(b Moscow, May 7, 1903; d Paris, Jan 25, 1988).
Lithuanian art historian, scholar of folklore and Egyptology, and diplomat of Russian birth. Son of the celebrated Lithuanian Symbolist poet of the same name, Jurgis Baltrušaitis II studied under Henri(-Joseph) Focillon at the Sorbonne and earned the PhD in 1931. The concerns of his mentor are evident in La stylistique ornementale dans la sculpture romane (1931), which reprises and extends arguments for the ‘law of the frame’ in Romanesque sculpture. Accordingly, the shapes of architectural members, such as capitals and tympana, determined the articulation of sculptural forms. This theory could account for the genesis of a wide array of monumental carvings, from foliate capitals to narrative reliefs, but ultimately it had a rather limited impact on the field of Romanesque sculptural studies. In a scathing critique, Schapiro argued that Baltrušaitis’s book—and by implication Focillon’s methods—robbed Romanesque sculptors of agency and neglected the religious and expressive meanings of this art form....
(fl London, 1865–82).
English furniture designer and manufacturer. He may have been trained by the Gothic Revival architect and furniture designer J. P. Seddon, whose work certainly influenced his first published design, a davenport in a geometric Reformed Gothic style, in the Building News of 1865. That year he also advertised a ‘New Registered Reclining Chair’, made by Marsh & Jones of Leeds, whose London showrooms were near his own premises off Cavendish Square. In 1865 Marsh & Jones supplied the Yorkshire mill-owner Sir Titus Salt with a large group of furniture, including a bedroom suite, and in 1867 with the case of an Erard grand piano (all Leeds, Temple Newsam House) designed by Bevan; described at the time as ‘medieval’, the pieces are decorated with geometric marquetry ornament. Bevan designed a bookcase for the Manchester firm James Lamb, which was shown in the Paris Exposition Universelle of 1867, and by the following year was also designing for ...
American architect. There is evidence that Bond was trained by Solomon Willard. Certain of Bond’s designs suggest the Greek Revival approach that Willard brought from Washington, DC. Bond’s style moved between Gothic Revival and a Neo-classical heaviness. In the Salem City Hall of 1836–37 the two-storey Greek Revival façade shows his carefully proportioned details. An example of Gothic Revival is St John’s Episcopal Church and Rectory (1841), Devens Street, Boston, which has a rather heavy granite façade dominated by a square tower with a battlemented roof-line; there are large quatrefoil windows in the walls below. In the same year Bond was called to Oberlin College in Ohio to design First Church, which had to be a Greek Revival design. He worked on Lewis Wharf (1836–40; later remodelled), Boston, where certain walls reflect his attraction to boldly massed granite surfaces. Bond’s best-known buildings during his life were at Harvard University, Cambridge, MA. These included Gore Hall (...
(b Hatford, Wantage, Berks, March 30, 1825; d London, Oct 7, 1901).
English architect and designer. Along with G. F. Bodley and J. L. Pearson he was the major designer of Gothic Revival churches in the later Victorian period. He began his training in London in 1847 and entered the Royal Academy Schools two years later, but his contacts in Oxfordshire with important High Church patrons such as John Butler, the vicar of Wantage, and key architect members of the Ecclesiological Society, including G. E. Street and William White, are of greater significance. As was the case with Street and White, secular commissions were to occupy only a minor part in Brooks’s career.
Brooks set up as an independent architect in London in 1852. Little happened, however, until 1860, when he began rapidly to gain prominence through a sequence of town churches. The issue of building large churches for the working-class poor in the unfashionable new districts of London was a major concern at this time among the Ecclesiologists, particularly A. J. B. Hope (ii), and even provoked debates in Parliament; a ‘model town church’ was then provided by ...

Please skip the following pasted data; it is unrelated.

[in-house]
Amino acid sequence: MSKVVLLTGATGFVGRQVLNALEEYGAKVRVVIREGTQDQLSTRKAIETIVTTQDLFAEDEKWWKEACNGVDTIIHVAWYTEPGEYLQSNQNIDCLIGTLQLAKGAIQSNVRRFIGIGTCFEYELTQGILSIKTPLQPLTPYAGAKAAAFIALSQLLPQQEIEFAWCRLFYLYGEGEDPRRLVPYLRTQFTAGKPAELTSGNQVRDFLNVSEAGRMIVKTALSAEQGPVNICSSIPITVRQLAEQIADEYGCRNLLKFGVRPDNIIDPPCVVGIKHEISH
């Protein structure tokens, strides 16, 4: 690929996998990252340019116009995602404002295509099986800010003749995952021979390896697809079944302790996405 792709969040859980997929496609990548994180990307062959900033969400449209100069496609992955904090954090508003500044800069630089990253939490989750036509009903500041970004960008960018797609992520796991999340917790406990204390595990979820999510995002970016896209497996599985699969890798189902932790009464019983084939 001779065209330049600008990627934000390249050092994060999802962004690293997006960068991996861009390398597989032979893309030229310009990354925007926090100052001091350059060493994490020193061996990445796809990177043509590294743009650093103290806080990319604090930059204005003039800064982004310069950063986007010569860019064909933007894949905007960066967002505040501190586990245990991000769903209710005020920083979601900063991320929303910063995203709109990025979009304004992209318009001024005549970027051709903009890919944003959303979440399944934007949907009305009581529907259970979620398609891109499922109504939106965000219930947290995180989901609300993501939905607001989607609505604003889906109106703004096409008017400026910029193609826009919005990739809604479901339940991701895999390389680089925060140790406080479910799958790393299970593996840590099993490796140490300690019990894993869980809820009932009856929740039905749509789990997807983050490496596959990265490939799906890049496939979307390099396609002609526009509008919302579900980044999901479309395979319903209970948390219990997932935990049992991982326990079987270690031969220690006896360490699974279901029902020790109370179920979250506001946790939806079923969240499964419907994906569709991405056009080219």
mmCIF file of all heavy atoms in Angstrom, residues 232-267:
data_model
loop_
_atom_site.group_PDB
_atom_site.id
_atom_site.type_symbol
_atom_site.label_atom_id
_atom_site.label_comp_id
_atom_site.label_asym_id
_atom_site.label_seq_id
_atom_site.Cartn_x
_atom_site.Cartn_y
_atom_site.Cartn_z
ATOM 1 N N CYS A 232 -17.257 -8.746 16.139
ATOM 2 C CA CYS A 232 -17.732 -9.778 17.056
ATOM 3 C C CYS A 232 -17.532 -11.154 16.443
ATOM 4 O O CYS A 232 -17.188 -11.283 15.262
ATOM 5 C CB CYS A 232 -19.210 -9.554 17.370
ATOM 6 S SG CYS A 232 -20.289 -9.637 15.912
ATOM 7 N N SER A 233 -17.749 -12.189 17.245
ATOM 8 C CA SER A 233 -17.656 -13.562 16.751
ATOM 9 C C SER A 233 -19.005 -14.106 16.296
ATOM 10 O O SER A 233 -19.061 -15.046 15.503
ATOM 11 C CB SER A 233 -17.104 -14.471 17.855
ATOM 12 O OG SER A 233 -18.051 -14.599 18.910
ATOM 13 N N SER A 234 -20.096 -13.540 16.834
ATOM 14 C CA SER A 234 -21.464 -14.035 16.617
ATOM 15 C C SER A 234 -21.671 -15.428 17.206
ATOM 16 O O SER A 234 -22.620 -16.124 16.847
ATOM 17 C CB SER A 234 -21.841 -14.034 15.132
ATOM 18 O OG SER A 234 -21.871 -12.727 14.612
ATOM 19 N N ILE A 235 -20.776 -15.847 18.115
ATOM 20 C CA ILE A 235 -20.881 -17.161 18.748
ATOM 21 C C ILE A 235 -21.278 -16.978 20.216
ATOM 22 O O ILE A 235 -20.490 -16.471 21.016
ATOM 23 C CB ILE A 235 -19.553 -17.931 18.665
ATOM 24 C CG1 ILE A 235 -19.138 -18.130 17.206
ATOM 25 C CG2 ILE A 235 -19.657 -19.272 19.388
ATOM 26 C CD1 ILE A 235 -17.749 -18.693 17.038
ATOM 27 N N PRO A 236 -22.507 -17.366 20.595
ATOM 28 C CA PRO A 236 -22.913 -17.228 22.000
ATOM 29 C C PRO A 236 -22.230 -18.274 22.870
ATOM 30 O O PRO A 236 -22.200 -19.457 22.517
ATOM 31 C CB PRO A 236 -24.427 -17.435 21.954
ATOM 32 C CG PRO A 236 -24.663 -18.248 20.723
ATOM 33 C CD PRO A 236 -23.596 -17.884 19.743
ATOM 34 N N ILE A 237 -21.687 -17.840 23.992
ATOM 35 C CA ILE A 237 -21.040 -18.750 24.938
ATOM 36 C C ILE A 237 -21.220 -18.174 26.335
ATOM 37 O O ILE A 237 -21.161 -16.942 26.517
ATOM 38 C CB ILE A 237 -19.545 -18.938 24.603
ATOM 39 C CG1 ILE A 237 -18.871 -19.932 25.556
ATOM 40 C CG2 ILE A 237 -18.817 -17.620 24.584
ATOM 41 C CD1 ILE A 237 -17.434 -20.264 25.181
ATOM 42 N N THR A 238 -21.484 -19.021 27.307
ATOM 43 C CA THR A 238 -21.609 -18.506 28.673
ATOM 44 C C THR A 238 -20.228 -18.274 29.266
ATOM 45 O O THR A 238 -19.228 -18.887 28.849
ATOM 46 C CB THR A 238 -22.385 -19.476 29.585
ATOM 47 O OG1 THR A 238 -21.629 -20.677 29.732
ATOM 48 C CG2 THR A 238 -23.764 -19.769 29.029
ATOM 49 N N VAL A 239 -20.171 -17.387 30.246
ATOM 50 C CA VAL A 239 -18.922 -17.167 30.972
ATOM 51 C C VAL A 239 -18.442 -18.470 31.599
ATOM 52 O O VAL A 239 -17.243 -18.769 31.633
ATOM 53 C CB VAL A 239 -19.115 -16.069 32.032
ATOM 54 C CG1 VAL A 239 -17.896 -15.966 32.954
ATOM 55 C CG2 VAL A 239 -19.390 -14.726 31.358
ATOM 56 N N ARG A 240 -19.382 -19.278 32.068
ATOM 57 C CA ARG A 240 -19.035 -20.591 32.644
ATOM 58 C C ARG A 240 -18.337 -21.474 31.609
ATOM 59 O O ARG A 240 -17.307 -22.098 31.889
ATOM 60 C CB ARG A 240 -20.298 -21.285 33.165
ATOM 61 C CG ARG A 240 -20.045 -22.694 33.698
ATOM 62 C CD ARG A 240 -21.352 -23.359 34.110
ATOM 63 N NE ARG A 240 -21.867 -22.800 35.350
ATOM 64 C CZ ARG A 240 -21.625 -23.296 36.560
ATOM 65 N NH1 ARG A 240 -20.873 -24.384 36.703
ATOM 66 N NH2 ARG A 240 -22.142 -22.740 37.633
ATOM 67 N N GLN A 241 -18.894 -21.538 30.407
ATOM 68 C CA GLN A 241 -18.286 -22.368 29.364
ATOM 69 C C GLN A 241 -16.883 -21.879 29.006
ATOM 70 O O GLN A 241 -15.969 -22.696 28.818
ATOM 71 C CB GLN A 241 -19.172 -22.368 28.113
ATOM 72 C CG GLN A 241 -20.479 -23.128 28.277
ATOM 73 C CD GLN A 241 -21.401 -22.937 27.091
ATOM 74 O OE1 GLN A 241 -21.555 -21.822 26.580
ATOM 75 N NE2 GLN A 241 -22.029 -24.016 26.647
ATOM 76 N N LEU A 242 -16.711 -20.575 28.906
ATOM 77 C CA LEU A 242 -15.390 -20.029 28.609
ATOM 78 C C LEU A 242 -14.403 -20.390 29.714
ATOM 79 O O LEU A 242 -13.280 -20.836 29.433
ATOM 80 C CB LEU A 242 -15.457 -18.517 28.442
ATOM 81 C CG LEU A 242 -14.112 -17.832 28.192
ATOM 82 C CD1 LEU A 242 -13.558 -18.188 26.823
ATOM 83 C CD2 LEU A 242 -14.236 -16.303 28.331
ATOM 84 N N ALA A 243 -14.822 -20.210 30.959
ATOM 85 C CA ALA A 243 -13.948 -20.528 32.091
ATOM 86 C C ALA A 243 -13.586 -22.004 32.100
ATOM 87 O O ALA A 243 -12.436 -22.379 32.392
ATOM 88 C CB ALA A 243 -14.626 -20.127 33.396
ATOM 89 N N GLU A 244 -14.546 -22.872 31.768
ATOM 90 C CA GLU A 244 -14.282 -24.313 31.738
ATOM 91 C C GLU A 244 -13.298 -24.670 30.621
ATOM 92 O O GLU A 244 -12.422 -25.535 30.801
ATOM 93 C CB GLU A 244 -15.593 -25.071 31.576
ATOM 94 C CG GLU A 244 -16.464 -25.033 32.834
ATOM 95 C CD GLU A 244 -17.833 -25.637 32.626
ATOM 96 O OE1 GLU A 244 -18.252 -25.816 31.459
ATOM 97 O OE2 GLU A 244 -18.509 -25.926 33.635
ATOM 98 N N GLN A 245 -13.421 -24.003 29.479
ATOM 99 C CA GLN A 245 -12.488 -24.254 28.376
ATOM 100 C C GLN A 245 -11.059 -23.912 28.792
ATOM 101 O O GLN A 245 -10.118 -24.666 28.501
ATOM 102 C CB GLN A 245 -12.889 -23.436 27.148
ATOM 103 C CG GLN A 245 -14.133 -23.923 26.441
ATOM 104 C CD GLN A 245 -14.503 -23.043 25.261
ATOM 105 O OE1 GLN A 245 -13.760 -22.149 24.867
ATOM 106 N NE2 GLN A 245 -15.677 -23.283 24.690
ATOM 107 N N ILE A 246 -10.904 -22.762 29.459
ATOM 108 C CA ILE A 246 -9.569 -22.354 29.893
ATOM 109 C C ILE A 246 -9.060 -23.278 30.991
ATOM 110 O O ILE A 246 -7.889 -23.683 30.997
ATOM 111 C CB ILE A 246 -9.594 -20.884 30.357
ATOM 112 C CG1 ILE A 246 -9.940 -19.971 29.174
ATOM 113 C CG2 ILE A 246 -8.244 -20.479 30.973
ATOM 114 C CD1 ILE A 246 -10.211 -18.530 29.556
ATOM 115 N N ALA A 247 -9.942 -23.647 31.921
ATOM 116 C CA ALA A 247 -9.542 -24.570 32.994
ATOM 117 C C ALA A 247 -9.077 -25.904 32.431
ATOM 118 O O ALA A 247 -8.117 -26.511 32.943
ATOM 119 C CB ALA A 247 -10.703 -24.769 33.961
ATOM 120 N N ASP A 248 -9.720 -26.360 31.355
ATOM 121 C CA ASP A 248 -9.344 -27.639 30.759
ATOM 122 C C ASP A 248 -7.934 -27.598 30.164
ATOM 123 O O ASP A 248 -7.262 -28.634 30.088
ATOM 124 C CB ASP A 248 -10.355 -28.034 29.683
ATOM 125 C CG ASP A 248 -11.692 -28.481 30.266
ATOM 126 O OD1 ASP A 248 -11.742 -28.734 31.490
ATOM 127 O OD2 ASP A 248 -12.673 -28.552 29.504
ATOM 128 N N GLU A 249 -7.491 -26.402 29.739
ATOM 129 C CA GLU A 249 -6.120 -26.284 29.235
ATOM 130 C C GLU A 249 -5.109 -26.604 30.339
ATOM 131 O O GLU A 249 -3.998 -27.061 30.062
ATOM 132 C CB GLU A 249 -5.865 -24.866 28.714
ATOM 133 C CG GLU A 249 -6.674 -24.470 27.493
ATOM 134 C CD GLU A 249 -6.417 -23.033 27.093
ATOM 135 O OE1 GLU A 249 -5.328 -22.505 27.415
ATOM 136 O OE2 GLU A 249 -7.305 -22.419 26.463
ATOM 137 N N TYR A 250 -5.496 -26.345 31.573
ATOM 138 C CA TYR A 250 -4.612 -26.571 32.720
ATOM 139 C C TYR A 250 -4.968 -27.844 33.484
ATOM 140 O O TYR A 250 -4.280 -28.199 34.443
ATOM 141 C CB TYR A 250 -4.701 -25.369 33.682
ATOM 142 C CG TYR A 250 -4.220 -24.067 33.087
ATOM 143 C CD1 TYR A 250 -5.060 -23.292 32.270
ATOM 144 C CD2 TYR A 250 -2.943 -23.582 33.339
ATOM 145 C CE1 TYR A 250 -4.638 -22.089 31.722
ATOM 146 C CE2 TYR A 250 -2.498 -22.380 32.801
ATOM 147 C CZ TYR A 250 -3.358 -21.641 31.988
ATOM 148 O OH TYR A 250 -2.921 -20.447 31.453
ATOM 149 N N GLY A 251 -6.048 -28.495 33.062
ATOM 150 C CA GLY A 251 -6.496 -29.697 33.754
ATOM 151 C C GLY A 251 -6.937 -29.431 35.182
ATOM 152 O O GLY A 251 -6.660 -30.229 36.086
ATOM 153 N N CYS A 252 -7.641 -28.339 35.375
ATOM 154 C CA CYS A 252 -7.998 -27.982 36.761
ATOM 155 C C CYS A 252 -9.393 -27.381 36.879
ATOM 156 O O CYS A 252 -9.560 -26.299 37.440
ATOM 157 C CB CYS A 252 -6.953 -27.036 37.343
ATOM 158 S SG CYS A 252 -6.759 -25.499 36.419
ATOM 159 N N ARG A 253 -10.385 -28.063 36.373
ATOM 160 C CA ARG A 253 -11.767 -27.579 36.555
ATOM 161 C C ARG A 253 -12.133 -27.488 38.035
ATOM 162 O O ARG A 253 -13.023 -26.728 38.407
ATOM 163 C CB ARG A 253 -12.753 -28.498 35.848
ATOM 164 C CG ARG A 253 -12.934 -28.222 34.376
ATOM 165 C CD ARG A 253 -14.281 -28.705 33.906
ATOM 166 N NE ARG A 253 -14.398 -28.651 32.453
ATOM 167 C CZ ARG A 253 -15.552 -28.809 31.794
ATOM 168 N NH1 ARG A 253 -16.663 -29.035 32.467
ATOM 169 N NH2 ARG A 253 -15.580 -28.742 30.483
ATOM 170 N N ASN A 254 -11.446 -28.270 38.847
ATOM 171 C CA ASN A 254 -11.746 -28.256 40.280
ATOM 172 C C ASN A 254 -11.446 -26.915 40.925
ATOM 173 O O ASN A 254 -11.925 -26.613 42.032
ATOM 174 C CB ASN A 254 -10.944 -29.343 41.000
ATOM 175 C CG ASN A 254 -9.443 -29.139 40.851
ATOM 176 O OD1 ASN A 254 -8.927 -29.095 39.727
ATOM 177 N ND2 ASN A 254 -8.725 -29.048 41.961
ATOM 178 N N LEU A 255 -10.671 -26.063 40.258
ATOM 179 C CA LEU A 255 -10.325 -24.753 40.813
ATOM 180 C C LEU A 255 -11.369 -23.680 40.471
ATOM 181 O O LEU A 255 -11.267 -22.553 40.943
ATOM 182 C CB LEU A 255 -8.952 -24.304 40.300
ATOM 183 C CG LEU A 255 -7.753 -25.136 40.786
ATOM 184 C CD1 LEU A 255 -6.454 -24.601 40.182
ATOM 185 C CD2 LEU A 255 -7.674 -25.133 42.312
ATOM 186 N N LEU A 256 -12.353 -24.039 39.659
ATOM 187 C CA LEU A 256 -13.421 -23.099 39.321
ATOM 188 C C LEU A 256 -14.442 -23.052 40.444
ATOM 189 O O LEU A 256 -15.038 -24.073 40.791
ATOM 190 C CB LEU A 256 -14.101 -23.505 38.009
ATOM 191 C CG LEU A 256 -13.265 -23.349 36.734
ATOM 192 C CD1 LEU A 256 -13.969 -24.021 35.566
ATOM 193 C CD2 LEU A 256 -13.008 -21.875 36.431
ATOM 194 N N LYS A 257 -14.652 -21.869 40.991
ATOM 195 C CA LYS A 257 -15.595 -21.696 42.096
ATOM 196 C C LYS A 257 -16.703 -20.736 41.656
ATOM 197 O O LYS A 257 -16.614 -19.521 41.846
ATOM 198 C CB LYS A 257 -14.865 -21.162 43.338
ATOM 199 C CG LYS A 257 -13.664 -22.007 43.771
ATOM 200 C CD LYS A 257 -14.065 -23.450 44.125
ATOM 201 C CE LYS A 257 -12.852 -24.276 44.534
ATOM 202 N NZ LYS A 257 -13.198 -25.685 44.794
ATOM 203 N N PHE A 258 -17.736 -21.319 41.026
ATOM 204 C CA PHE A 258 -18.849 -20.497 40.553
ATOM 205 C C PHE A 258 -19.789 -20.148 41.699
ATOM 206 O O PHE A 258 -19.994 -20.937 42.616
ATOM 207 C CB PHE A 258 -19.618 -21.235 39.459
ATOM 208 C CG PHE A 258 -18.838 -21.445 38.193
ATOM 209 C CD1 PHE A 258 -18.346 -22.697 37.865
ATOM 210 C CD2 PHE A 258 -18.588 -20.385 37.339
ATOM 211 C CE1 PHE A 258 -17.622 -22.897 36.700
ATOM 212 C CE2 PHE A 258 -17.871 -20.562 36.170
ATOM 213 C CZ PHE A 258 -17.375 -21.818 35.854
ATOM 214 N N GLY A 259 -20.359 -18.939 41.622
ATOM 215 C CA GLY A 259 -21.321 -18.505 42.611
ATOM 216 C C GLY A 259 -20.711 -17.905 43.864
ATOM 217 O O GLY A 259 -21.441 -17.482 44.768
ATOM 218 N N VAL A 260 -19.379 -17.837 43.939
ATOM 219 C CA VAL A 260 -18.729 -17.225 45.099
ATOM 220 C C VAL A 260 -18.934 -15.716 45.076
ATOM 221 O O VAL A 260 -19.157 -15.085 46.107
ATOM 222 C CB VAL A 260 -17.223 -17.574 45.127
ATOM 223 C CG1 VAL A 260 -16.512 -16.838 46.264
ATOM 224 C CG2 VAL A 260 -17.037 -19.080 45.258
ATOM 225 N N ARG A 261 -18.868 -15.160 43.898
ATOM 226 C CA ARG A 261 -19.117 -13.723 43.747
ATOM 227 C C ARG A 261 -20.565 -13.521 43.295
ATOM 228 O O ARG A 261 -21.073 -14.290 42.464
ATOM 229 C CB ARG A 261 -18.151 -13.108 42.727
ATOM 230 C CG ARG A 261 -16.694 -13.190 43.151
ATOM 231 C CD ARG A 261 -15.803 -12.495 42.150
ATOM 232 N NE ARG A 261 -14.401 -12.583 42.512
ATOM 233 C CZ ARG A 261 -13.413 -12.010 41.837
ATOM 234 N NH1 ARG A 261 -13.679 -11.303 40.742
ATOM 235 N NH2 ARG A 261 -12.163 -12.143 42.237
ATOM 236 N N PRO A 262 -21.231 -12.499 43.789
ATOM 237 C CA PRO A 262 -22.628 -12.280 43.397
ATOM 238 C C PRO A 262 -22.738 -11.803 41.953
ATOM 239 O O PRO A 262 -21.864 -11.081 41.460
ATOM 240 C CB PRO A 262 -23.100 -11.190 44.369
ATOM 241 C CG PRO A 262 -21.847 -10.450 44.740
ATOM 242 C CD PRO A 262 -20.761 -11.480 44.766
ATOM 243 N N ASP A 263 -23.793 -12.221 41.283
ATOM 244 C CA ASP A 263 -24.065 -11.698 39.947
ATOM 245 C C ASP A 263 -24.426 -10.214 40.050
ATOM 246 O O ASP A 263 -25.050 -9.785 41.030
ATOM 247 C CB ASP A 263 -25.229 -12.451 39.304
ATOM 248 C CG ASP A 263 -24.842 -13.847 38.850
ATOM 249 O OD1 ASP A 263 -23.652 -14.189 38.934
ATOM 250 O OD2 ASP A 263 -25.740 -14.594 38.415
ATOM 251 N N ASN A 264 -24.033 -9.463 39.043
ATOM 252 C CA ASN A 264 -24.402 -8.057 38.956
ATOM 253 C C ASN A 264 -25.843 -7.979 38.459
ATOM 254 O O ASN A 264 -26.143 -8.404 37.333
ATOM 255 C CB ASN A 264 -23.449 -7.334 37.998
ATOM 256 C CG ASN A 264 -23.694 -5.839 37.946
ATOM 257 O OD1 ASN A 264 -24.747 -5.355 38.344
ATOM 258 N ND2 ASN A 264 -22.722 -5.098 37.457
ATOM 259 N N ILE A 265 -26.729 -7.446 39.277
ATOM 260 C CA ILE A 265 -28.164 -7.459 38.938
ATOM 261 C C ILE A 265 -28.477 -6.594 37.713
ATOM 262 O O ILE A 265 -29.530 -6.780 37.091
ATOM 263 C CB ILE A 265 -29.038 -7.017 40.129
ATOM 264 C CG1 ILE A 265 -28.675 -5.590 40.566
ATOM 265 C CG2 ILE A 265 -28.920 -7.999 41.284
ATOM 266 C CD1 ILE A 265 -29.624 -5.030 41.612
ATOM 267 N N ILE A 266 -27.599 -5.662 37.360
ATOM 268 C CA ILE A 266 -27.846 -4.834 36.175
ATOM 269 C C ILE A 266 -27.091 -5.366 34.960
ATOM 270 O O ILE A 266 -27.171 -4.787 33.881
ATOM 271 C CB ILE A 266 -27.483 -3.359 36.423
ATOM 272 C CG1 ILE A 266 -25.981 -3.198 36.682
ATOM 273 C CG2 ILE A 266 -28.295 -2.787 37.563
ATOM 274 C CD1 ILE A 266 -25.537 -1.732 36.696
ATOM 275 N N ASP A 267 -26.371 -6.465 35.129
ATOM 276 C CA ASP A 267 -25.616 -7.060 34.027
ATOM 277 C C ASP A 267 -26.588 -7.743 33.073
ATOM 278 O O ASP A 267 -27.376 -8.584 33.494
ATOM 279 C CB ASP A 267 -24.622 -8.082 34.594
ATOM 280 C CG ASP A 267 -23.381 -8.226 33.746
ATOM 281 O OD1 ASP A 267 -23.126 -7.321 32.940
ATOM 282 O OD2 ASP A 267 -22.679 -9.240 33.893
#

(b 1811; d 1887).
American furniture-maker based in New York. He was active from 1841, when he entered into a partnership, and was based in Brooklyn from the 1850s. The best-known examples of his furniture are a Gothic Revival armchair (c. 1847; New York, Met.) and an elaborately decorated cabinet (built to accommodate a set of Audubon’s ...
(b Belfast, Nov 5, 1811; d Montreal, Nov 19, 1885).
Canadian architect of Irish origin. The son of an architect of the same name, he arrived in Quebec City in 1830. He established a practice there in 1831 and designed houses, including a Gothic Revival villa for the provincial secretary Dominick Daly (1798–1868), who may have been responsible for Browne’s appointment as Chief Architect for the Board of Works. He designed many public buildings in Kingston and Montreal; the former became capital of the Province of Canada in 1841, and Browne was commissioned to modify, add to and erect various government buildings. His masterpiece in Kingston is the City Hall (1843–4; then known as the Town Hall and Market Building), the commission he won in a competition held in 1841. The City Hall shows his characteristic massing of volumes and contrasting textures, using a varied vocabulary and a strong sculptural sense. Facing the waterfront, the main entrance to the T-shaped City Hall has a pediment supported by four columns, surmounted by a tall dome capped by a cupola. He was also responsible for many commercial and domestic commissions in Kingston, notably the houses known as St Andrew’s Manse for St Andrew’s Presbyterian Church and Rockwood for ...
(b London, Dec 2, 1827; d London, April 20, 1881).
English architect and designer. His flamboyant and original High Victorian architectural style was influenced by French 13th-century Gothic, but he drew also on sources of many other periods. He is best known for his work at Cardiff Castle and Castell Coch for his patron, the Marquess of Bute. His designs for the decorative arts, particularly furniture and metalwork, are equally inventive and elaborate. He was friendly with the leaders of the Pre-Raphaelite movement, employing a number of Pre-Raphaelite artists and craftsmen in his decorative work.